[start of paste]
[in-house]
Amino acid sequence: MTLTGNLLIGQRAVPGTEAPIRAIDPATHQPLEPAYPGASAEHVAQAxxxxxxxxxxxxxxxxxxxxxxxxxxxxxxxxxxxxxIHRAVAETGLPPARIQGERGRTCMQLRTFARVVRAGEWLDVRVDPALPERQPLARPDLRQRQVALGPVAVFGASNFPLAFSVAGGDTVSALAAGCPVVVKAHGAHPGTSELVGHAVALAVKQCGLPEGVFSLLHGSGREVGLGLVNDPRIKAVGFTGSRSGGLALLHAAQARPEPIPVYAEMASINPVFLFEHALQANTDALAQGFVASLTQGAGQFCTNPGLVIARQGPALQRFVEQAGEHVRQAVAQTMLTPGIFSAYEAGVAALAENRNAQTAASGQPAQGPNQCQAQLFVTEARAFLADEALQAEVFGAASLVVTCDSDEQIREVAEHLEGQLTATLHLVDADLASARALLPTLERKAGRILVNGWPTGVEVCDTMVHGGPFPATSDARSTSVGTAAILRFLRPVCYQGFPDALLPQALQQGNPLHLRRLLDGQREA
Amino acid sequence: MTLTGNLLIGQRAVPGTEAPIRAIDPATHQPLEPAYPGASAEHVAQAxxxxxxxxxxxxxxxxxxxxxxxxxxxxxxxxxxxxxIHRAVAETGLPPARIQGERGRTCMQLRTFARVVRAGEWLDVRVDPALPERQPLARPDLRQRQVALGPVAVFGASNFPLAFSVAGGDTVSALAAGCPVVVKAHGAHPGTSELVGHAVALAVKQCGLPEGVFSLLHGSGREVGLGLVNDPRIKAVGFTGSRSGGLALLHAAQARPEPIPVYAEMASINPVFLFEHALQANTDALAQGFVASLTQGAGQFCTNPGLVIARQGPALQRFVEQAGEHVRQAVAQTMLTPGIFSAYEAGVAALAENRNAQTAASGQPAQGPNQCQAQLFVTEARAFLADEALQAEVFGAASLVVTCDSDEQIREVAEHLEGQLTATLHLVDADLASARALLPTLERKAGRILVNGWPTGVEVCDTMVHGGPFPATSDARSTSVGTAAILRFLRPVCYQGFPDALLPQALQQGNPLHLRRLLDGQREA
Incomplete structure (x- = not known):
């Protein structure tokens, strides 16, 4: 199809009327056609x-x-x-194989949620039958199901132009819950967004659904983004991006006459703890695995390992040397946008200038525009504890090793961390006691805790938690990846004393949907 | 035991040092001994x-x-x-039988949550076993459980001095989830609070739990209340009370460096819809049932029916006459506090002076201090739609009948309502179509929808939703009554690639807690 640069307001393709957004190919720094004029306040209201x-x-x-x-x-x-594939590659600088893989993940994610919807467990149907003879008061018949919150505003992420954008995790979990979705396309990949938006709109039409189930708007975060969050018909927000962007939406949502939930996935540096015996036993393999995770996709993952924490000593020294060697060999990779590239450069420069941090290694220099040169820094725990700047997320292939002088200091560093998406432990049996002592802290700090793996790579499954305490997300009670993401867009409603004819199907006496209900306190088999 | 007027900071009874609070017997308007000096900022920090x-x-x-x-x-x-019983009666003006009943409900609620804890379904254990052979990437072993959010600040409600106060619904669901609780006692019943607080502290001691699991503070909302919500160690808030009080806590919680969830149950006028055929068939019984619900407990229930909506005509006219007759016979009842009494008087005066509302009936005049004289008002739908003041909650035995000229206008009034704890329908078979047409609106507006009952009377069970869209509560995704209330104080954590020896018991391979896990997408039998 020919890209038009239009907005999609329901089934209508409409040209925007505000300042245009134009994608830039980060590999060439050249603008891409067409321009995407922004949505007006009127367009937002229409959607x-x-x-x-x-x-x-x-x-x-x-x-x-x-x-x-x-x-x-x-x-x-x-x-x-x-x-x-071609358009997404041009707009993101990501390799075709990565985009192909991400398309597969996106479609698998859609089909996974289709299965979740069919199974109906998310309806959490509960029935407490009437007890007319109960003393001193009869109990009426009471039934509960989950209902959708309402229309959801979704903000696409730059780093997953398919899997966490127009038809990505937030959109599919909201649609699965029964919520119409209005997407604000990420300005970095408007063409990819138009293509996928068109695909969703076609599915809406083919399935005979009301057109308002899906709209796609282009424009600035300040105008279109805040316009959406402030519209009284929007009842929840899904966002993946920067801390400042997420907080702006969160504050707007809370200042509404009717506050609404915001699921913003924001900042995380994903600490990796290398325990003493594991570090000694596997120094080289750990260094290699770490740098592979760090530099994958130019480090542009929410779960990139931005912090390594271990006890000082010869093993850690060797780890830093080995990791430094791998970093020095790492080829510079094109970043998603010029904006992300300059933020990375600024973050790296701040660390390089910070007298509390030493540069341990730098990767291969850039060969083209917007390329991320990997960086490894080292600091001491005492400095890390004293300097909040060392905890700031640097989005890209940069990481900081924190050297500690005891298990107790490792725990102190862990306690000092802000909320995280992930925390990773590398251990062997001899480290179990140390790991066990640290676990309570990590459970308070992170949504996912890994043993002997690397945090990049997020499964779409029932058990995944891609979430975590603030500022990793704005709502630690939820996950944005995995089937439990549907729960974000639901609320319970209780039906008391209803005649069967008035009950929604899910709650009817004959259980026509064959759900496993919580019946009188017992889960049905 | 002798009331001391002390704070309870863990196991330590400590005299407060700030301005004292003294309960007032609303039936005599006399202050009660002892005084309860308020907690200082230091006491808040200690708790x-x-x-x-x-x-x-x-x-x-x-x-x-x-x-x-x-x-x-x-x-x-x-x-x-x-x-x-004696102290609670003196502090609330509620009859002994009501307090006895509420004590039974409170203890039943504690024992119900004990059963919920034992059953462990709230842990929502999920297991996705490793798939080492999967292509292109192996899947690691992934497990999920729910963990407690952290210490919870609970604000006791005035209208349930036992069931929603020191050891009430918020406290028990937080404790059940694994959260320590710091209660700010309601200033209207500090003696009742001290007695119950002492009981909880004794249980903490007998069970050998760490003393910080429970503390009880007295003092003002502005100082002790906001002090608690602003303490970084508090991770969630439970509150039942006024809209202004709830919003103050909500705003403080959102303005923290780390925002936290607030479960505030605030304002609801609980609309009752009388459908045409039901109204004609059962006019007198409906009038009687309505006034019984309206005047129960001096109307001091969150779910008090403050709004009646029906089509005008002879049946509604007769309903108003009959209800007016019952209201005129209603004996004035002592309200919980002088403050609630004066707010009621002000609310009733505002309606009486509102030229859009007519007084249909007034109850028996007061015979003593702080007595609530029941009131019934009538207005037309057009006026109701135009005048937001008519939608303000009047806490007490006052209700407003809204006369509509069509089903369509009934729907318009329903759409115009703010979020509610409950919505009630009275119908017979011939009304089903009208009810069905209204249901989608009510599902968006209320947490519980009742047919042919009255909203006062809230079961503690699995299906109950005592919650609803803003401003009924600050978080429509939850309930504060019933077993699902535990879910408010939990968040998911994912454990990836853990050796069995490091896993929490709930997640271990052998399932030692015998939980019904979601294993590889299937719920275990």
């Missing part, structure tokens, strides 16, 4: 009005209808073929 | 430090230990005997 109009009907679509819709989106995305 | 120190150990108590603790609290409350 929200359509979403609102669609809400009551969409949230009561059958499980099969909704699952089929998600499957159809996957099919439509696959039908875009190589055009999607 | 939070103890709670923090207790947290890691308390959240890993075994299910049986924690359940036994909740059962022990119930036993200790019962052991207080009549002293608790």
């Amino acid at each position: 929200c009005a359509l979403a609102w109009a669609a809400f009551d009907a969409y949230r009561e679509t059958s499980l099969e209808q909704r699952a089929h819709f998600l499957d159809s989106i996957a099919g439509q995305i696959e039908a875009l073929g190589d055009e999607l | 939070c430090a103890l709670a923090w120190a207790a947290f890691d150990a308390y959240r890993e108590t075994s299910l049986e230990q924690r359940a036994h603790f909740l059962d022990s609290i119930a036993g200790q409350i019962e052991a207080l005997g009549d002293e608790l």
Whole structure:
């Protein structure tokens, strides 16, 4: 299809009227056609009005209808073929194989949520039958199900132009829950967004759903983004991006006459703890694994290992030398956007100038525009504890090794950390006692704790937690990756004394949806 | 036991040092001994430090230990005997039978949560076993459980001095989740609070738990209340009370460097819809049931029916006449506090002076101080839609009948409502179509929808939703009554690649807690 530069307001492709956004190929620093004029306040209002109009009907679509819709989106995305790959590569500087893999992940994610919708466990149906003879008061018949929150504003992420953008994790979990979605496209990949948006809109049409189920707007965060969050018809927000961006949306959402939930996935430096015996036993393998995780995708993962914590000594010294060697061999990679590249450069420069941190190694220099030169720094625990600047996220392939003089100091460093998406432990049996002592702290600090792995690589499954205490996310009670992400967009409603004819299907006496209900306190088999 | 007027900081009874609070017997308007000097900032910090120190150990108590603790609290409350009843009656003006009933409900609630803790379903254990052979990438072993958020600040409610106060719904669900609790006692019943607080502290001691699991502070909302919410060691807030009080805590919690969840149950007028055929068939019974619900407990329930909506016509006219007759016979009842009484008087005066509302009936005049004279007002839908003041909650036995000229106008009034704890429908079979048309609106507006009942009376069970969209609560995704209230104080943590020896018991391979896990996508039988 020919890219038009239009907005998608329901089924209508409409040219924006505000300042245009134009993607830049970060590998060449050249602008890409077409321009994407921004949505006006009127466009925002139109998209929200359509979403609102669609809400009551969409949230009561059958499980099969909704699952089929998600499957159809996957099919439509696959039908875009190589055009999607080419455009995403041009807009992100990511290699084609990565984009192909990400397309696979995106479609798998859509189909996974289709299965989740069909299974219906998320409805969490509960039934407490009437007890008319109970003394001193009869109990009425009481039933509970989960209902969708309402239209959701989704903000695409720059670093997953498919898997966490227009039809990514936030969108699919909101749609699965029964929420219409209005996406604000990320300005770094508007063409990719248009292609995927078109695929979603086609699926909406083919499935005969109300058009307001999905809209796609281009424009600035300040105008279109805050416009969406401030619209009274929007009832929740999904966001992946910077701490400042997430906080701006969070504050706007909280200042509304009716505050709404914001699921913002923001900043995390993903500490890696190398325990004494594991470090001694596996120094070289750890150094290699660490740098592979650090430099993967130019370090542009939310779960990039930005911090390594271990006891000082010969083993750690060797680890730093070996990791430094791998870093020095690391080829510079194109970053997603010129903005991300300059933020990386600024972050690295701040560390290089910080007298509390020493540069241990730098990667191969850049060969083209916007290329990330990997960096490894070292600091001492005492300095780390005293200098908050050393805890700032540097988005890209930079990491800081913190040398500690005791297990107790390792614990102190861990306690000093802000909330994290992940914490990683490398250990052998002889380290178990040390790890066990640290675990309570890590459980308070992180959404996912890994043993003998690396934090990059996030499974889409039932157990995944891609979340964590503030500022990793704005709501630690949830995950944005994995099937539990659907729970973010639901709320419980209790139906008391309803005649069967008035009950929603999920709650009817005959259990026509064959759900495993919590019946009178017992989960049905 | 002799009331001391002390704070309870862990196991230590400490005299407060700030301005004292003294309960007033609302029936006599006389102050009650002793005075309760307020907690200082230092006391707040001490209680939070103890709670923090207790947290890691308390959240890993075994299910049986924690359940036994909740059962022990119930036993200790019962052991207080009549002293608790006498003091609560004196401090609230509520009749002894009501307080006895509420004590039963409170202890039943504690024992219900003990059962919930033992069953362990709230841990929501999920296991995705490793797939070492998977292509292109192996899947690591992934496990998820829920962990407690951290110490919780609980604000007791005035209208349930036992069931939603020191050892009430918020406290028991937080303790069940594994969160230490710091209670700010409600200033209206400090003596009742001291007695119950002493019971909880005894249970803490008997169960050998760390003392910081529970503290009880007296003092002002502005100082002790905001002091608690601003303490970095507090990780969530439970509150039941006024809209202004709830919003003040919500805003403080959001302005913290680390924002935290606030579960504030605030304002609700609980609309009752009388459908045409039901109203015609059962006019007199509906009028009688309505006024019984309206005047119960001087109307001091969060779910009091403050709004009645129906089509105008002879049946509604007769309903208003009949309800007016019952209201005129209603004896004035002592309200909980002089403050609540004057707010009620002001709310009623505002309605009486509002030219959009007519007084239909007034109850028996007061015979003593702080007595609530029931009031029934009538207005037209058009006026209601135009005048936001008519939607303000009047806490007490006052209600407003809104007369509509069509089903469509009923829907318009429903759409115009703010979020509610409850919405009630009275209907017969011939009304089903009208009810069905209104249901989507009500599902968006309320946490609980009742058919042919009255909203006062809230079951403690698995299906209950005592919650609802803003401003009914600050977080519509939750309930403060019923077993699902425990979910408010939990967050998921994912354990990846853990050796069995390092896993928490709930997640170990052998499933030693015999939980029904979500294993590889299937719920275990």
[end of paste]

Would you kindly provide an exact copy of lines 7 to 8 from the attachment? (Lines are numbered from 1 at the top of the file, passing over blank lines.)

């Amino acid at each position: 929200c009005a359509l979403a609102w109009a669609a809400f009551d009907a969409y949230r009561e679509t059958s499980l099969e209808q909704r699952a089929h819709f998600l499957d159809s989106i996957a099919g439509q995305i696959e039908a875009l073929g190589d055009e999607l | 939070c430090a103890l709670a923090w120190a207790a947290f890691d150990a308390y959240r890993e108590t075994s299910l049986e230990q924690r359940a036994h603790f909740l059962d022990s609290i119930a036993g200790q409350i019962e052991a207080l005997g009549d002293e608790l």
Whole structure: